Democratic Republic of the Congo
Practice Relating to Rule 42. Works and Installations Containing Dangerous Forces
Section A. Attacks against works and installations containing dangerous forces and against military objectives located in their vicinity
The Democratic Republic of the Congo’s Military Penal Code (2002) provides:
Crimes against humanity are grave violations of international humanitarian law committed against any civilian population before or during war.
Crimes against humanity are not necessarily linked to the state of war and can be committed not only between persons of different nationality, but even between subjects of the same State.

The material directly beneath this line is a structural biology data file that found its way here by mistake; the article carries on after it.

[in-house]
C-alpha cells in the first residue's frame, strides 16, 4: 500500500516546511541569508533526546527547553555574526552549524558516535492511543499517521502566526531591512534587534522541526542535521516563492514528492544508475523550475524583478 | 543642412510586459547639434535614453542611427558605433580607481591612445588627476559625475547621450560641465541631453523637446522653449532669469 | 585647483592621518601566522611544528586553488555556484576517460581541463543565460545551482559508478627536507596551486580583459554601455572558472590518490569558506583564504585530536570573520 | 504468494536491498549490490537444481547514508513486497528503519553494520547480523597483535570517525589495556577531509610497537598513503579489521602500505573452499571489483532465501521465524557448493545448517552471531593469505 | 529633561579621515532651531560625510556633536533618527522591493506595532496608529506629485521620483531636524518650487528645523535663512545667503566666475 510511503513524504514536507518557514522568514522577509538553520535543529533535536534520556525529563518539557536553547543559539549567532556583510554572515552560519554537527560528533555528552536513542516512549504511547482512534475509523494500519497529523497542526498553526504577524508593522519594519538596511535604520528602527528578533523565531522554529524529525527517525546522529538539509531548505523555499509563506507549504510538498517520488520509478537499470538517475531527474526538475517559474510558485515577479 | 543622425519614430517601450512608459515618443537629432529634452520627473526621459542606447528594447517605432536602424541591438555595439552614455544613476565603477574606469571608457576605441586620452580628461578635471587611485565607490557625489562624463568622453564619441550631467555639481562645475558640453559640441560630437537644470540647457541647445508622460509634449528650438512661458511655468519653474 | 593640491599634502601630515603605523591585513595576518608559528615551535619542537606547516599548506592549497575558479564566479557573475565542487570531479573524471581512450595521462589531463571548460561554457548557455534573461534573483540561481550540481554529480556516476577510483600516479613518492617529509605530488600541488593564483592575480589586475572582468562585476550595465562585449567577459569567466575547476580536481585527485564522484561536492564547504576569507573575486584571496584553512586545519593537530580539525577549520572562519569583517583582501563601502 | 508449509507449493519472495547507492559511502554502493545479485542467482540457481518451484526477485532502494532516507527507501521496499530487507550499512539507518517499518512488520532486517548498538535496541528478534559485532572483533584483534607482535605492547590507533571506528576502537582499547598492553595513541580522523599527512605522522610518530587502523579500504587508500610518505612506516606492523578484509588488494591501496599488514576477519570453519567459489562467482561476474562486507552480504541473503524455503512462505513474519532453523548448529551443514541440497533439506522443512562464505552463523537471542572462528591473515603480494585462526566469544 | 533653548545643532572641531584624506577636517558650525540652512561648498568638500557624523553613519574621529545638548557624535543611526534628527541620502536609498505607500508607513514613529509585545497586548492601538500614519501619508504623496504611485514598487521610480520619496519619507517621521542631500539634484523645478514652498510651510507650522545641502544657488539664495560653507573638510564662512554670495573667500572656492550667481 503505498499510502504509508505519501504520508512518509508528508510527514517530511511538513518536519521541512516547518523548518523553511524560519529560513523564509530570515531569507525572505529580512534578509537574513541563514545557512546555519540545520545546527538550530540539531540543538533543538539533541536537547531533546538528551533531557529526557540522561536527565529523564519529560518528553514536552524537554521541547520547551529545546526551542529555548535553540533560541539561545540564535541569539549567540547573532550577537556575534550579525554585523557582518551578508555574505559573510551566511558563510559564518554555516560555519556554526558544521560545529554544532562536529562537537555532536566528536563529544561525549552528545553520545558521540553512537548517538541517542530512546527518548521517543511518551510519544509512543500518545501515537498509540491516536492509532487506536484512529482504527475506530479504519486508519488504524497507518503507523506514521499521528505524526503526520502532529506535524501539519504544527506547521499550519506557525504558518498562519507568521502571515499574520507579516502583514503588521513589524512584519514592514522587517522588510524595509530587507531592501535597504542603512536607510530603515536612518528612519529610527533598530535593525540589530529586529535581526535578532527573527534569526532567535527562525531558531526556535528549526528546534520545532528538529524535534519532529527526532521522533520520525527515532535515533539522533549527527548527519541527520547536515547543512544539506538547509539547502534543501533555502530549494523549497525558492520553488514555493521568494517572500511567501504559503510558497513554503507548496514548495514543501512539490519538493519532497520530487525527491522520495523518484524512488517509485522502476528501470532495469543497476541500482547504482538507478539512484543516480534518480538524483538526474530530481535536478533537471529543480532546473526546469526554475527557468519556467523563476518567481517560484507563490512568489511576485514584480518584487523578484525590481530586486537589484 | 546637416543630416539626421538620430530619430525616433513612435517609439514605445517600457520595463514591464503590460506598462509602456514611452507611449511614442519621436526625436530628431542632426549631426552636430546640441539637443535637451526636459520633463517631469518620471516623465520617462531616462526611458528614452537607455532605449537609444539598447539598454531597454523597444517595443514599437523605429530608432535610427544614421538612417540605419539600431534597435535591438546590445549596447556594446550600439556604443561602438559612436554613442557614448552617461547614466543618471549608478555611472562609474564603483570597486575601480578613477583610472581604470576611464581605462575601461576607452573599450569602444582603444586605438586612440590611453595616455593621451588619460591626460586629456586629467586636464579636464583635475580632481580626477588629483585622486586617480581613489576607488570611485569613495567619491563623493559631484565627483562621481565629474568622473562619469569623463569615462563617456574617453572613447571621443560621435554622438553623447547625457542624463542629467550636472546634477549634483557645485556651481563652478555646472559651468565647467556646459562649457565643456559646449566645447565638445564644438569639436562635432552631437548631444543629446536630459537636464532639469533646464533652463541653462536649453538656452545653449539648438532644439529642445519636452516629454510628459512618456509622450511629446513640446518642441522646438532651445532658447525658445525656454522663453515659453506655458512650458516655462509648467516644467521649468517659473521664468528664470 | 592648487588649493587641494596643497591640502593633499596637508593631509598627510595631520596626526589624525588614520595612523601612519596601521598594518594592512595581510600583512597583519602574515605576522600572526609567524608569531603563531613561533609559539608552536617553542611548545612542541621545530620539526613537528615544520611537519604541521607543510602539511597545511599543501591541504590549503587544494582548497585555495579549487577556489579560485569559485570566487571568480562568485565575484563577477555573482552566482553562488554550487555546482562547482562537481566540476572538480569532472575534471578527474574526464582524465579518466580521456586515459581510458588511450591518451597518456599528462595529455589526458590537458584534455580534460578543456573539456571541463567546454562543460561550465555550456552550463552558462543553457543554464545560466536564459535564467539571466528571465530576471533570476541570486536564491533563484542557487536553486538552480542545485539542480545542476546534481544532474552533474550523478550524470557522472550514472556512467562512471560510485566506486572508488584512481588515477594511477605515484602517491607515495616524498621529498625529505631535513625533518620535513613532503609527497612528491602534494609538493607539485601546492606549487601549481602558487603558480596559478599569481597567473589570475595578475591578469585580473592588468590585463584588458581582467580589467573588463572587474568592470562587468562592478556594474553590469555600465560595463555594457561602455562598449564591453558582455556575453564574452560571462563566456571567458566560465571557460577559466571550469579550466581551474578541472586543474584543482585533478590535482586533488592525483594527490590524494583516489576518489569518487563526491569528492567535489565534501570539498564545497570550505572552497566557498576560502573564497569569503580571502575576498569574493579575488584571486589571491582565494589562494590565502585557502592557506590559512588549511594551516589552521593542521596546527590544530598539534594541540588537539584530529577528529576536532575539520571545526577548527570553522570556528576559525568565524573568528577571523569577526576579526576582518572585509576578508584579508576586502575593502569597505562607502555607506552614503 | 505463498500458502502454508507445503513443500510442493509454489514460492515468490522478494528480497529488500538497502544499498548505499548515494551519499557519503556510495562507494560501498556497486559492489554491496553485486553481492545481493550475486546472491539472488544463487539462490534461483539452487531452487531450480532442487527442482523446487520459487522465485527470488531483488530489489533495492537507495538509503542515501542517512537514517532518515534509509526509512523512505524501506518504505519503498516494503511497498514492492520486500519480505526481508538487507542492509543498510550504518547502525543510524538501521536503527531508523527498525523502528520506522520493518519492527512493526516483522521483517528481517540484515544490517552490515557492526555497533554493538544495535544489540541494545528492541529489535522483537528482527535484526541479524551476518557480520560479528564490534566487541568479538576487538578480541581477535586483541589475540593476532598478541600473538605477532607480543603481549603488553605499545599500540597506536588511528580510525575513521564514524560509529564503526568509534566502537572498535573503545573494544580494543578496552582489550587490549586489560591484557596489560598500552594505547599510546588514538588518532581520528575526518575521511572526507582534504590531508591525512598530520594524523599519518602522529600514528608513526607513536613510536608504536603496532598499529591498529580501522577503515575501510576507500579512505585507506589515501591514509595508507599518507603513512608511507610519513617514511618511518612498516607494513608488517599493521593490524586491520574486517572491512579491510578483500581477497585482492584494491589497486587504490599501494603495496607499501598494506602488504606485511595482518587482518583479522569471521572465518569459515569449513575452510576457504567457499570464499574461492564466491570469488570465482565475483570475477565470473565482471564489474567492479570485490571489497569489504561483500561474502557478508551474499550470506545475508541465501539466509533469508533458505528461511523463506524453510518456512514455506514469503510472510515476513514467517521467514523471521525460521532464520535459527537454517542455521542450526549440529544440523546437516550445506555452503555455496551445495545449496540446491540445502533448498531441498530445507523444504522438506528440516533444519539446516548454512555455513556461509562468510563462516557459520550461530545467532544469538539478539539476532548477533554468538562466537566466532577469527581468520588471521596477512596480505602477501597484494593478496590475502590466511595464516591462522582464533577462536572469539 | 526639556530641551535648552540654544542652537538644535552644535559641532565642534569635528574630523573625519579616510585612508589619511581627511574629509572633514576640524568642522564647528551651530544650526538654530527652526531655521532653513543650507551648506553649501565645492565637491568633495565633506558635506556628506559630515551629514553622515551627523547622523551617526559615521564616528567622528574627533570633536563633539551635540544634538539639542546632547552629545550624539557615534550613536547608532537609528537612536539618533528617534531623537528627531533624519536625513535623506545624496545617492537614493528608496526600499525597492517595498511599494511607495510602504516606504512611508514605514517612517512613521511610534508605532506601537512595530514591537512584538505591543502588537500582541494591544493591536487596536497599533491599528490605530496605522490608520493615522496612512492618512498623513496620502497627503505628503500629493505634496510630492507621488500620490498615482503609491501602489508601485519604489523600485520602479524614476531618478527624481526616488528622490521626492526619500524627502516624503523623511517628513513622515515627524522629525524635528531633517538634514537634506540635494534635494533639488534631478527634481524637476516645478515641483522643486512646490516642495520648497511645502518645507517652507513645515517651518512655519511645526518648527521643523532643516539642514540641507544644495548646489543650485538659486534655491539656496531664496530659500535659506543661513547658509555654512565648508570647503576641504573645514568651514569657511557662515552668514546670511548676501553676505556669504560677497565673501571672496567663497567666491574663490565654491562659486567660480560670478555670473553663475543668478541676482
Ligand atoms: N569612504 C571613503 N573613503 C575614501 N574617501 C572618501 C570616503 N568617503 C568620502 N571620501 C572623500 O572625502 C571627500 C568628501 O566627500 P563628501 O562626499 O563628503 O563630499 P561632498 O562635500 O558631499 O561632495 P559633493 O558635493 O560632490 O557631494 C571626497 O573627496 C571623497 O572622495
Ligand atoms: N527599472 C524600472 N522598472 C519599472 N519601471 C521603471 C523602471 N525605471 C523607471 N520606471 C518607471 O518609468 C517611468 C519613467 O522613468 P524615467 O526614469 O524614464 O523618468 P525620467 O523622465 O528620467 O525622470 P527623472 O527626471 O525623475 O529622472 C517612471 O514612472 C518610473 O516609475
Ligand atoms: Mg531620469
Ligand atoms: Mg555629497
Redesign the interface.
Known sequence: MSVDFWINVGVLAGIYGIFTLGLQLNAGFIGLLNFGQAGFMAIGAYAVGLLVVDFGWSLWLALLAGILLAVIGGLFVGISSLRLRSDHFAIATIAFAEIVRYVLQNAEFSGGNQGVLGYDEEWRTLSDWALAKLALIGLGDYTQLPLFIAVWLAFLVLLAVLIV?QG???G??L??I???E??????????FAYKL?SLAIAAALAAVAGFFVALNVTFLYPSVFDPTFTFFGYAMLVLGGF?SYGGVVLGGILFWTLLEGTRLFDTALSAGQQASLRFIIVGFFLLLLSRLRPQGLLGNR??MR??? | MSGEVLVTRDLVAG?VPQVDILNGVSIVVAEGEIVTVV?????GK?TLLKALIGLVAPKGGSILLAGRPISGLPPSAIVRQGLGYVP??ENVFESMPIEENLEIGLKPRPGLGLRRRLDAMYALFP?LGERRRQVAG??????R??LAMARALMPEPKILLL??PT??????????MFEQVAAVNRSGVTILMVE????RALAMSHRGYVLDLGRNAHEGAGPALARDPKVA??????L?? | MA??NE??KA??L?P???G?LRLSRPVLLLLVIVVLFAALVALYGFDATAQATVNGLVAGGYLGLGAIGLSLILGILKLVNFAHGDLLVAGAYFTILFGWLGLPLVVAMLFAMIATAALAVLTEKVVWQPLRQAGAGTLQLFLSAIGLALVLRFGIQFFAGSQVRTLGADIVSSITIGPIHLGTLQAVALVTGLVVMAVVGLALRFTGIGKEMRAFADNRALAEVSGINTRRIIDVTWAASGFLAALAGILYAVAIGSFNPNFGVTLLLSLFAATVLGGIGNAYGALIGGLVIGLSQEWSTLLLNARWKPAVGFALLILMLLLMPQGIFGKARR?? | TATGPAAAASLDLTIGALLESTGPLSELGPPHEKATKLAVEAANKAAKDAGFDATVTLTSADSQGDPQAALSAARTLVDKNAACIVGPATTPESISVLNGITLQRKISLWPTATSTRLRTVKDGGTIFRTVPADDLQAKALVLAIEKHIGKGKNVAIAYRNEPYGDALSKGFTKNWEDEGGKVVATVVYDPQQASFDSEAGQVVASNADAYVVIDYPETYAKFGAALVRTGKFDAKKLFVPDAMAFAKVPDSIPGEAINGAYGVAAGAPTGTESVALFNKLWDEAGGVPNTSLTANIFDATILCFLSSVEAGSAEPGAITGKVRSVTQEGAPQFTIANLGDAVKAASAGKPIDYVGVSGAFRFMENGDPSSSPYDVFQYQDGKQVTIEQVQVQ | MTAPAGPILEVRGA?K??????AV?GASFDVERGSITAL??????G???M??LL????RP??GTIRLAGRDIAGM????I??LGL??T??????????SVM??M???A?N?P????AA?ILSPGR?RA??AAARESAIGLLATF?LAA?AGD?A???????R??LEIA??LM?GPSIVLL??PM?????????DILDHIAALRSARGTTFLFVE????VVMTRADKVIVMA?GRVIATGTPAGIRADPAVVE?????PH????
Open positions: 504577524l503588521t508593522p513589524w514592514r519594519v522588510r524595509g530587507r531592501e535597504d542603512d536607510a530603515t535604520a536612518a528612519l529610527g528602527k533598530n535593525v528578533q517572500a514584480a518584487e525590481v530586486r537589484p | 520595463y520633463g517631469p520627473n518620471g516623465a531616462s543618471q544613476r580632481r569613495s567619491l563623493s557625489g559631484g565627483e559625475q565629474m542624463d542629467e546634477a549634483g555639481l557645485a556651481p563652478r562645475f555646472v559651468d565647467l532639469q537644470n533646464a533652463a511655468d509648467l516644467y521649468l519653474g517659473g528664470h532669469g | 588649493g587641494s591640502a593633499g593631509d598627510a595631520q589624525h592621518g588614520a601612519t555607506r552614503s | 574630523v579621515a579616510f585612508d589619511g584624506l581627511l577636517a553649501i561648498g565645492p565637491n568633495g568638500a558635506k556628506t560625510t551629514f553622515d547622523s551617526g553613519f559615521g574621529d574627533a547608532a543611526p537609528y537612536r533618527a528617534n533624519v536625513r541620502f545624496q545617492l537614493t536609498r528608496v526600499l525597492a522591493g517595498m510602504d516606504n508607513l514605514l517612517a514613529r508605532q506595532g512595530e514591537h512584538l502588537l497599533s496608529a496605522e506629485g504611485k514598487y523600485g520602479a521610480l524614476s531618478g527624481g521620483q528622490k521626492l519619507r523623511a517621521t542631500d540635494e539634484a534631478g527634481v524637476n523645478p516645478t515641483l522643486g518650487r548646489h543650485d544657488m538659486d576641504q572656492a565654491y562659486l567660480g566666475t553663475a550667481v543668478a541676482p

The grave breaches listed hereafter, affecting, by action or omission, the persons and objects protected by the Geneva Conventions of 12 August 1949 and the Additional Protocols of 8 June 1977, constitute crimes against humanity, repressed according to the provisions of the present Code, without prejudice to more severe penal provisions provided by the ordinary Penal Code:
12. Launching an attack against works or installations containing dangerous substances in the knowledge that such attack will cause loss of life, injury to civilians or damage to civilian objects which would be excessive in relation to the concrete and direct military advantage anticipated;
The offences contained in the preceding article are punished with penal servitude for life.
If those contained in points 1, 2, 5, 6, 10 to 14 of the same article lead to the death or cause grave injury to the physical integrity or health of one or several persons, the perpetrators are liable to the death penalty.